Macdara Ferris reports from within 2km from home
I've been branching out most evening’s to see where my two kilometre ‘brief individual exercise’ will take me. I’ve headed across the Liffey as far as Grangegorman where the Dalymount Park floodlights are visible a bit further north. And while a walk west is too far to get me to Richmond Park, there is ground close to my home where an FAI Cup winner plays.
On Monday night, I went south and when my Strava map told me I had done 2km I’d come as far as Rutland Avenue and Clogher Road to the home of Transport FC – a club that is listed amongst a selection of teams that have won the FAI Cup just once.
Their solitary win came in 1950 and this is the story of what turned out to be a very memorable final.
There are 11 clubs that have won the FAI Cup once – five of them currently play in the League of Ireland (Athlone Town, Drogheda United, Finn Harps, Galway United, and U.C.D.). The remaining clubs include Alton United, Cork, Fordsons, Home Farm, Sporting Fingal and Transport.
Back in 1948 Transport joined the League of Ireland alongside Sligo Rovers when the league was expanded to a dozen teams - St. Patrick’s Athletic missed out on a place in the league that year. As a CIE sponsored team, Transport played their games at the Carlisle Grounds across the road from the railway station in Bray.
They finished runners-up in the Shield in their first two seasons as a league club and made the FAI Cup final for the first and only time in 1950. Managed by Matt Giles, the uncle of John Giles, they would go on to claim the FAI Cup trophy that year but only after requiring close to 300 minutes to separate themselves and Cork Athletic across there games played out in Dalymount Park.
The first final took place on Sunday 23 April in front of 27,807 spectators and Transport looked out of it when they went 2-0 down after just a quarter of an hour. Second half goals from Barney Lester on 55 minutes and Jimmy Duggan in the 75th minute earned a replay that took place three days later.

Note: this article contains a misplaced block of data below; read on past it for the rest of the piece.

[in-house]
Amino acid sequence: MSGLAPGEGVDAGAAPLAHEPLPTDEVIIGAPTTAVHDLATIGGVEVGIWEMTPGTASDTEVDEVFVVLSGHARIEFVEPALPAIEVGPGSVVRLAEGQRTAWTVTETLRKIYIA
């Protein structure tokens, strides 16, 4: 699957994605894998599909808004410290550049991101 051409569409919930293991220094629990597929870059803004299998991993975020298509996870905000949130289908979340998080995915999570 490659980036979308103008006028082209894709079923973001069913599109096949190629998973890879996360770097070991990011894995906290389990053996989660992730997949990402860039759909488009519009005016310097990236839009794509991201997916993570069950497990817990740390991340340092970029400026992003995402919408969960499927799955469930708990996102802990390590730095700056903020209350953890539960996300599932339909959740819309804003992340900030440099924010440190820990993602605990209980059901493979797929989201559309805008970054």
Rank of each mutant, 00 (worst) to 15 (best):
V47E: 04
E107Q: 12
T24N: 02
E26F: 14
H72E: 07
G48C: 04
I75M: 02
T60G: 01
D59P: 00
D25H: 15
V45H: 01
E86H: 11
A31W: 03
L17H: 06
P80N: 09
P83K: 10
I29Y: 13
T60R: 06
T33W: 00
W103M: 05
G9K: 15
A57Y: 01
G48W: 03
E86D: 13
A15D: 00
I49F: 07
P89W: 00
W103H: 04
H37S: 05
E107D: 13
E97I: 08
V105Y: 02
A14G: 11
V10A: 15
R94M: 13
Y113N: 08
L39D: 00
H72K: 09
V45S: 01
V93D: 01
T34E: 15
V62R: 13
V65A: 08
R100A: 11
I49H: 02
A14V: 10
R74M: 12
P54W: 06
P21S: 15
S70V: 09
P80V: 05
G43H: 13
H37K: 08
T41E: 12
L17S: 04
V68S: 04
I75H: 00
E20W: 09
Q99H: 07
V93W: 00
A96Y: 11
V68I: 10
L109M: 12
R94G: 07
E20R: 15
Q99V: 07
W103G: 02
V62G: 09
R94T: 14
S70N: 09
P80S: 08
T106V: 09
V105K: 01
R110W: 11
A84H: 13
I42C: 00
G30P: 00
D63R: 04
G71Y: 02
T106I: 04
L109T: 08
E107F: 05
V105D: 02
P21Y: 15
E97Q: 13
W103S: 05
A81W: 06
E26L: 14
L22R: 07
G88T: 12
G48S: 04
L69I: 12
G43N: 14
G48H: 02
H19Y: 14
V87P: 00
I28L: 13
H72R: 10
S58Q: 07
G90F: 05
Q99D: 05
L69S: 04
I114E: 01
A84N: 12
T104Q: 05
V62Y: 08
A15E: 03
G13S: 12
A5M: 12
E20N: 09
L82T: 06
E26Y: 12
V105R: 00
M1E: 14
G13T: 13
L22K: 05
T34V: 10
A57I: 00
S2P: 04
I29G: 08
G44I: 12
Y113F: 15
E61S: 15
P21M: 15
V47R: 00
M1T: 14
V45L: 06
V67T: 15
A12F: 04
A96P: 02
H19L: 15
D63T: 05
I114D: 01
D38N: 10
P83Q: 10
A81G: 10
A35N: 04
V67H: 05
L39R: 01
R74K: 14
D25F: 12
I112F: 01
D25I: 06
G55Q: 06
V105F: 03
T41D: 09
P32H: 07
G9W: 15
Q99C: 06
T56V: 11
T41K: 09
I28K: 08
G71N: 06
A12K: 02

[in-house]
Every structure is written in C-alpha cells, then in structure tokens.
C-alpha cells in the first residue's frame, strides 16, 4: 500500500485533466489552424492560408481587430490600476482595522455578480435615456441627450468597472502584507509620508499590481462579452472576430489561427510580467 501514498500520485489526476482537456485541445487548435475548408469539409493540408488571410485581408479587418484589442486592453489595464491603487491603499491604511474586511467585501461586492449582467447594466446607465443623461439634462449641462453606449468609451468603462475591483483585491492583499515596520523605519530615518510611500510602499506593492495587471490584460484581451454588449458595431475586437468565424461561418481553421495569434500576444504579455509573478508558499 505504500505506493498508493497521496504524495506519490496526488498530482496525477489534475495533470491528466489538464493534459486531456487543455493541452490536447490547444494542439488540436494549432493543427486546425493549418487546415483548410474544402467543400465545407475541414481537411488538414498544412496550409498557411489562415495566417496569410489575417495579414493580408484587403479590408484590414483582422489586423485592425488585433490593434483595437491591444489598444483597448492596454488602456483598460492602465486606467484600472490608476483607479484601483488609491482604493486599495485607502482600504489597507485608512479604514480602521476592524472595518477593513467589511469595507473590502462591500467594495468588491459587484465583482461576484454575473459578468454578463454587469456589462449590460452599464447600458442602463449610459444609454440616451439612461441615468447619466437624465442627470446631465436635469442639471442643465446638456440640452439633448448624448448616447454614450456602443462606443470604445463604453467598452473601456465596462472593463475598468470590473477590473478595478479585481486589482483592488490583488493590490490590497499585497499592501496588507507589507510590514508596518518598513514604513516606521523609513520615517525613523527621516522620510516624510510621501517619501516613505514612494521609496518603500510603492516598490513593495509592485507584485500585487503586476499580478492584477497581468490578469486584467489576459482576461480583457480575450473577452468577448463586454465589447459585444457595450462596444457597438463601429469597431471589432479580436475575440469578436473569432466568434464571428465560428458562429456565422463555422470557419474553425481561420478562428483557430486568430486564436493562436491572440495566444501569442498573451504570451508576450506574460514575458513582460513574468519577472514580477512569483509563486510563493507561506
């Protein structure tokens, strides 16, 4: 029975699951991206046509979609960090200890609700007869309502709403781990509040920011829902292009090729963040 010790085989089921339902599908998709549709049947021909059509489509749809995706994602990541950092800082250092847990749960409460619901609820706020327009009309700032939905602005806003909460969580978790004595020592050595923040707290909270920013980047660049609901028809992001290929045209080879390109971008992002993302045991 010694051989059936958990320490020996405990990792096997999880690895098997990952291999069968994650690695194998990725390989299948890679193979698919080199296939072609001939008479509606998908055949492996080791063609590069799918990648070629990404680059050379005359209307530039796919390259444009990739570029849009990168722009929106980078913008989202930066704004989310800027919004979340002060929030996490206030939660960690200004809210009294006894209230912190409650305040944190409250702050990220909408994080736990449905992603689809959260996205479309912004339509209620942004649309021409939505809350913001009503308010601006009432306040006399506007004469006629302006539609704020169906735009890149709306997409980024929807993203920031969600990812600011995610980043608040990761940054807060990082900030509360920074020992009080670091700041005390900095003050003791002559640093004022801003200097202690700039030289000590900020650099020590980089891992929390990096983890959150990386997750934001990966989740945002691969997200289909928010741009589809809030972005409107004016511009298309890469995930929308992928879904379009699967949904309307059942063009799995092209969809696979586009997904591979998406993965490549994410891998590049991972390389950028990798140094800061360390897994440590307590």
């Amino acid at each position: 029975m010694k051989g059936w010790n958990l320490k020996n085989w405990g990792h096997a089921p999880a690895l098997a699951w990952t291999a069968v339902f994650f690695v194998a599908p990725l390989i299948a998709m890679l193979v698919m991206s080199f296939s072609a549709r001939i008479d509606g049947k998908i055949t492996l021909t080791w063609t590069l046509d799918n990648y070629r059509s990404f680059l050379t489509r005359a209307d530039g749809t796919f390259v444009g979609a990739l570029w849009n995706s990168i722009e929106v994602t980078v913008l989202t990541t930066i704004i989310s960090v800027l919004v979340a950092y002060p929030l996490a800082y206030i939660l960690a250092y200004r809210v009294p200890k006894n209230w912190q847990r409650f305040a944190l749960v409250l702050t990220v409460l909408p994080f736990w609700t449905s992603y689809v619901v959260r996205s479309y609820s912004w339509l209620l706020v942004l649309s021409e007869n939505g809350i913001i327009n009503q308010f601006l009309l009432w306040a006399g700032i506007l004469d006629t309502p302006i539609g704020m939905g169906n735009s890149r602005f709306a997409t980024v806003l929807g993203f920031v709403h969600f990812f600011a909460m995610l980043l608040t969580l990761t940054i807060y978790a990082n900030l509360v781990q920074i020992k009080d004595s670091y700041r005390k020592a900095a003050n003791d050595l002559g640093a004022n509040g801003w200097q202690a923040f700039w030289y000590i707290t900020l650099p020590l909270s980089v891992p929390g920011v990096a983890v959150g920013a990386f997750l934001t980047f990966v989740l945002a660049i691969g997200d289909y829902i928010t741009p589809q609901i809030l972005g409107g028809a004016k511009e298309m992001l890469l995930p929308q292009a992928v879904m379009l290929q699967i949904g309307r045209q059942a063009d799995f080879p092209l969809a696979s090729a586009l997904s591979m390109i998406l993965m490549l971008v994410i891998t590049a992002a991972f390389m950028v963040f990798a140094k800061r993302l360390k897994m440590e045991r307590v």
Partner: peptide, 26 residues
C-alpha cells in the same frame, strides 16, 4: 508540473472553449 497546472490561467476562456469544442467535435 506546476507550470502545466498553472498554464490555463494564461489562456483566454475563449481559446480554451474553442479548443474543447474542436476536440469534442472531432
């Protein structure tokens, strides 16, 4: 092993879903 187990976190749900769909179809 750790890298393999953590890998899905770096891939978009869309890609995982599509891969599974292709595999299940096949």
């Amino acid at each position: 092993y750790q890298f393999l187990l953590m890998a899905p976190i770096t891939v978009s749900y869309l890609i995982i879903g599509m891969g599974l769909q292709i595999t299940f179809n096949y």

Athletic led 1-0 with eight minutes remaining in the second game before Bobby Smith grabbed an equaliser to take the match to extra time. The Cork side took a 2-1 lead and seemed to have secured the cup only for Jim Loughran to equalise two minutes from the final whistle with a goal from 35 yards.
The end of the match was delayed as supporters swarmed onto the field after the late equaliser.
The Irish Independent the following day noted that the final ‘ranks amongst the really great past struggles for the trophy, as it was very tense as Cork seemed to have won twice and their opponents hit back each time.’
Sean Ryan in his seminal book – The Official Book of the FAI Cup – tells the story of defender Mick Collins who came into the team for the third game and was instrumental in the win by keeping Cork danger man Paddy O’Leary quiet.
“I was released by Transport two weeks before the final in a dispute over money,” Collins recalled. “I paid into the first two games at the stiles and after the second replay I was approached and trained with them from Monday to Friday because I got the terms I wanted.”
The third game was the first time a second replay was required for an FAI Cup final. The kick off was delayed by 15 minutes in order to give the crowds outside a chance of getting in but eventually the gates were broken and thousands gained free admittance – the official attendance was 26,406.
Transport didn’t have to come from behind this time as Bernard Lester – who was joint top scorer in the league the previous year - put them in the lead after 21 minutes. While it was all square at the break, Lester grabbed his second five minutes into the second half before Jimmy Duggan made sure of things eight minutes from time for a 3-1 win for Transport.
Arriving in Bray that evening the bus carrying the Transport players and officials was met by a large and cheering crowd, who escorted them to the Town Hall where the captain John ‘Pip’ Meighan thanked them for the wonderful reception saying he was happy to have brought the cup as winning captain to Bray for the first time in its history.
The FAI Cup wouldn’t be as kind in the following decade for Transport when by then they were playing out of Harold’s Cross – they were knocked out by non-League clubs four times in that period. The club dropped out of the League of Ireland in 1962 when the league was reduced to ten team.
They took up a position in the Leinster Senior League, where the club continues to play to this day playing out of the Transport Club venue close to Crumlin in Dublin 12.